Things you should know about assessing surface cleanliness

Living in a clean environment is something we all appreciate. Keeping our surroundings neat helps us to live happier, healthier and promotes longevity. However, a visually clean environment may give the impression of being hygienic, but it does not necessarily guarantee actual cleanliness. Cleaning can remove visible dirt and debris, yet it may not eliminate harmful microorganisms that can cause illness, which is our ultimate concern. That is why we should adopt a scientific approach to determine whether a surface is truly clean or not.

Many of us rely on our senses to judge whether a surface is clean or not. For instance, we may visually inspect a surface for dirt or grime, touch it to check for stickiness or residue, or even smell it for any unpleasant odors. However, these methods are subjective and unreliable, which are unable to detect invisible germs and bacteria.

There are several common methodologies for measuring surface cleanliness:

Methodology Detection Characteristics Concerns
Visual Inspection
  • Inexpensive and fast
  • Detect physical dirt, e.g. dust, stains, grime
  • Imprecise, subjective
  • Unable to quantify the level of cleanliness or contamination that cannot be seen
Water Break Test
  • Good for testing the surface cleanliness of metals in the industrial environment
  • Detect oil and fingerprint
  • Subjective, low accuracy, no definitive pass or fail standards
  • Incapable to detect microorganisms
UV Fluoresce
  • Fast, effective way to detect saliva, urine stains on the surface
  • Detect specific chemical substances, e.g. body fluids, grease
  • Black lights are required to observe UV lights
  • Limited to a narrow spectrum of biological matter detection without any capability to detect microorganisms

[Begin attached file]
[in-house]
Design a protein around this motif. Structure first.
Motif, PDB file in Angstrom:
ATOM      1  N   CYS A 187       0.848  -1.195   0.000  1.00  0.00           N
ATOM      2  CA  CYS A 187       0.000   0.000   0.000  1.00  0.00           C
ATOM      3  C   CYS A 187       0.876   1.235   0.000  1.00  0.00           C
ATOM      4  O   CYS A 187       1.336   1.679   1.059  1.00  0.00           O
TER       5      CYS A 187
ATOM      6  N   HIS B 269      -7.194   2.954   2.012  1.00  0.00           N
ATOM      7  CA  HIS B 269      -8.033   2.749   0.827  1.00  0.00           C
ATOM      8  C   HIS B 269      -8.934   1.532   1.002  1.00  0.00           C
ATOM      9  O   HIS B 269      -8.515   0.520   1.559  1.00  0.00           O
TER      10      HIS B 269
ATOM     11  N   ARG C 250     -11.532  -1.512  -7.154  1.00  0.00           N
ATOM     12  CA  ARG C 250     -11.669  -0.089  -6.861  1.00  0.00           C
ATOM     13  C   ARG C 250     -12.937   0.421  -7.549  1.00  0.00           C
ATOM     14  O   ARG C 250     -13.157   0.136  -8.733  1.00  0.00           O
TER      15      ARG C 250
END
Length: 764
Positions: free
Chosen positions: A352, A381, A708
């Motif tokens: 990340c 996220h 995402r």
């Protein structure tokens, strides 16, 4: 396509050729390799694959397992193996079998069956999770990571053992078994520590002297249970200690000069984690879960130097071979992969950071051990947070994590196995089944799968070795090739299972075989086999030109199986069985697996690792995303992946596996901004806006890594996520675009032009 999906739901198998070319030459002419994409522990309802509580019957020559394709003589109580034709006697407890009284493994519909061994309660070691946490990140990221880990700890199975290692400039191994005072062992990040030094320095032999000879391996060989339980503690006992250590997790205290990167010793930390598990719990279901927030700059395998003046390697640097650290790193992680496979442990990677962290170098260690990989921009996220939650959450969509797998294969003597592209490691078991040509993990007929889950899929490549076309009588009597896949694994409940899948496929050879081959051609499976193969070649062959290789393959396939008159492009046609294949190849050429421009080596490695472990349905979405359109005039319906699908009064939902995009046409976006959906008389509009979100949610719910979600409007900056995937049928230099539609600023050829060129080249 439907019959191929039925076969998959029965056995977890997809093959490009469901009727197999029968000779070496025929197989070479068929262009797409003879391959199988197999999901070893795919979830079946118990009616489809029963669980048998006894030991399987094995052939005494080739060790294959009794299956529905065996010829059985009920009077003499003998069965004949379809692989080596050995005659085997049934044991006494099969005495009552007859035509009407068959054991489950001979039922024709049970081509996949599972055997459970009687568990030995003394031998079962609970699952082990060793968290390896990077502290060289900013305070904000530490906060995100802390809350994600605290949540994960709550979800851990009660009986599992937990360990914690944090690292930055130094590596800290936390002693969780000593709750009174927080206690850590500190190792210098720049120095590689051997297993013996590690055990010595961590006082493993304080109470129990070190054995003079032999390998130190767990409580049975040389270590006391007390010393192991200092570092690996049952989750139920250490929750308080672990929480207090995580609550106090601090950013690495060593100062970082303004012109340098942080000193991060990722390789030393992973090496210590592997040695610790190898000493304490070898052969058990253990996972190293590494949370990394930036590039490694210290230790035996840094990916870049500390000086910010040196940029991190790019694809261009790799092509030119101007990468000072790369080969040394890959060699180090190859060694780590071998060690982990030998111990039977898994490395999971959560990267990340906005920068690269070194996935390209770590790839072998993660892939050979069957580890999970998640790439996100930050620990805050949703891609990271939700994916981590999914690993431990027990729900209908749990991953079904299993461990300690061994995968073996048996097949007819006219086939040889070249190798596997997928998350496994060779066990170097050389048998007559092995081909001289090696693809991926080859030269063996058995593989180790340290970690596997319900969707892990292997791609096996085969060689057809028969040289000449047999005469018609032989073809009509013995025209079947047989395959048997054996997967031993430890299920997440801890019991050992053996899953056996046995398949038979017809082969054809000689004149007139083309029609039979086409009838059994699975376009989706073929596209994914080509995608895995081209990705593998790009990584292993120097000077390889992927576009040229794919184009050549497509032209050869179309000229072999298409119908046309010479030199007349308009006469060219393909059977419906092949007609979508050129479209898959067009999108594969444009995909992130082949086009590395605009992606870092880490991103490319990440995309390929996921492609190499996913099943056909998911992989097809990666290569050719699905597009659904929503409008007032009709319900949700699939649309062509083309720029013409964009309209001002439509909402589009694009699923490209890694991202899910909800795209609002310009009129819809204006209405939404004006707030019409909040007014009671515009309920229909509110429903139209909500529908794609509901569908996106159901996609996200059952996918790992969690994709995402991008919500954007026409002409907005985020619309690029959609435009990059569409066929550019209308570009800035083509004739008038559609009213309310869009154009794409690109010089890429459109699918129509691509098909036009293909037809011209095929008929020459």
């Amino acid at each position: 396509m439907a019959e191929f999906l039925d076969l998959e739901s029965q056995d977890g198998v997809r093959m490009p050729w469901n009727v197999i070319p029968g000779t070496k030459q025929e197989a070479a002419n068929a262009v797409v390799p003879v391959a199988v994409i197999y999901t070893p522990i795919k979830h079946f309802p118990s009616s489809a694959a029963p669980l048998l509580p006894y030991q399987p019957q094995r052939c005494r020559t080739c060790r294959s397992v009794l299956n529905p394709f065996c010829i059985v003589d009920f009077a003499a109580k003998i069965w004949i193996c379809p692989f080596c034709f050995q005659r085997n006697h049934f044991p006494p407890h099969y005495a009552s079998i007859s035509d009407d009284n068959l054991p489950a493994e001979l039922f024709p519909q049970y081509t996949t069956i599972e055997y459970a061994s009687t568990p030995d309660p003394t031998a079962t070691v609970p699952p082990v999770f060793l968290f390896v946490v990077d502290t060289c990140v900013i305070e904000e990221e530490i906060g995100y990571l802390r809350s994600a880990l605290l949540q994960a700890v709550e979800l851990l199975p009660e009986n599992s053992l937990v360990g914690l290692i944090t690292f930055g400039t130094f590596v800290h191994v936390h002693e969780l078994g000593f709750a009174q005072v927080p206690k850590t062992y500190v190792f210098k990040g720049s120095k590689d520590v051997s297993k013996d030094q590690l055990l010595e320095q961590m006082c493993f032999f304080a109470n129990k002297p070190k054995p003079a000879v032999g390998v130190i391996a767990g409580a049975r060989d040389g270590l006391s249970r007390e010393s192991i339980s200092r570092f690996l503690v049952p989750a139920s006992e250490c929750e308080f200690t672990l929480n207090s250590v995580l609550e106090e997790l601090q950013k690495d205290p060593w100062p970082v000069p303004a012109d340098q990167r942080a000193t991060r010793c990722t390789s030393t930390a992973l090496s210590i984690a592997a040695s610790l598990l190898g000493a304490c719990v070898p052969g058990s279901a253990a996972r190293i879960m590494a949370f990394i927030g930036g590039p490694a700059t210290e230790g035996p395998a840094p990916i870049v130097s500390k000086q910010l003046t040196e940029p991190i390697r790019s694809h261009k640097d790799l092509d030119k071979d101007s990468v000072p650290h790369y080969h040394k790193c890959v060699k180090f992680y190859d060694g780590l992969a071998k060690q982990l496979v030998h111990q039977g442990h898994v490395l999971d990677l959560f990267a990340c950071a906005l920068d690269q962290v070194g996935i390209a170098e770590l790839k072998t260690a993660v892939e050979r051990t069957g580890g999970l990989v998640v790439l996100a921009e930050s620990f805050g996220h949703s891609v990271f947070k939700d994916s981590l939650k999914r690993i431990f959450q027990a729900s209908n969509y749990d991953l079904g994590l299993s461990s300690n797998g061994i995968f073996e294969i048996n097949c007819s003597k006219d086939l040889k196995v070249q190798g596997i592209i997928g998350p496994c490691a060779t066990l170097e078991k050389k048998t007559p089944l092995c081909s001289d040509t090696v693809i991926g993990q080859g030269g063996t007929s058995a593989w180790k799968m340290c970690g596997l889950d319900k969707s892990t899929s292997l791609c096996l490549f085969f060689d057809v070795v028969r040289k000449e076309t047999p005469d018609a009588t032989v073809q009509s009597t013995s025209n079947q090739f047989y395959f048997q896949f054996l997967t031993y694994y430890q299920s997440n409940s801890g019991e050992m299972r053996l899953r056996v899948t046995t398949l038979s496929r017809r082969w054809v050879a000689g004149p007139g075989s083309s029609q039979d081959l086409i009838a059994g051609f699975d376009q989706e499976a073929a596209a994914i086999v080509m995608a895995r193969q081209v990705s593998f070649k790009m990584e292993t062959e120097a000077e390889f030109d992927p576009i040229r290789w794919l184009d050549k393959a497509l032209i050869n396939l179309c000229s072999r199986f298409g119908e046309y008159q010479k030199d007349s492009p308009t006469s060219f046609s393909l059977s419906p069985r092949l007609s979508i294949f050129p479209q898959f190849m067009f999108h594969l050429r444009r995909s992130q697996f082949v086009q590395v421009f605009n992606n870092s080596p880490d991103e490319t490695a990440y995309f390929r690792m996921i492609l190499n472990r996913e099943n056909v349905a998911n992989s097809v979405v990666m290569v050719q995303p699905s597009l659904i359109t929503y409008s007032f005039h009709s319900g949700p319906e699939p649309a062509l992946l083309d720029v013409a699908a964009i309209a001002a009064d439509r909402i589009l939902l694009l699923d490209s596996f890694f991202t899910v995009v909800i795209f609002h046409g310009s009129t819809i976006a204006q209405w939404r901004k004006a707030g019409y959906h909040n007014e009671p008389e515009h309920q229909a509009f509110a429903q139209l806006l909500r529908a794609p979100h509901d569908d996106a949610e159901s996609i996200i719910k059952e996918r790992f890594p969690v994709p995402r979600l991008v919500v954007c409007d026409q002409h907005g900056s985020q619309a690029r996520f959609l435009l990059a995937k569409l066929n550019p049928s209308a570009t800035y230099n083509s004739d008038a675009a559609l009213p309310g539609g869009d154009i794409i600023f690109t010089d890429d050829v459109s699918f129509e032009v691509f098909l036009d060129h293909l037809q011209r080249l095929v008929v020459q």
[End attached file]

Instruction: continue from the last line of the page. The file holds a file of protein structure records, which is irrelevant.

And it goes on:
Aerobic Plate Count in the Laboratory
  • A precise and measurable method to provide quantitative results of microbial count
  • Provide count of viable bacteria
  • The lab test is expensive and takes up to 2 weeks to deliver results
ATP Bioluminescence Test
  • Rapid, simple to use and measurable results
  • Detect relative counts of organic matter, including body fluids, bacteria, yeast, moulds, and other microorganisms
  • Different devices have a different pass or fail standard

What is ATP bioluminescence testing? Why is it the preferred method to improve environmental hygiene?

Adenosine triphosphate (ATP) testing can detect the presence of organic matter, including bacteria, fungi, and other microorganisms. It provides objective measurements of surface cleanliness, allowing users to assess standards of hygiene and the effectiveness of cleaning procedures in real-time. This universally-accepted method has been used across various sectors including food industries, schools, and clinics.

ATP testing offers several advantages, including its high efficiency in providing results within seconds, making it a fast and reliable way to assess surface cleanliness. It is also capable of detecting low bacterial levels, which identifies areas that need further attention without a substantial investment.

In summary, ATP testing is a quick, consistent, and cost-effective method for assessing surface cleanliness, making it a valuable tool for maintaining a clean and safe environment.

For those who are interested in learning more about our professional cleanliness measurement services and consultancy, feel free to contact us at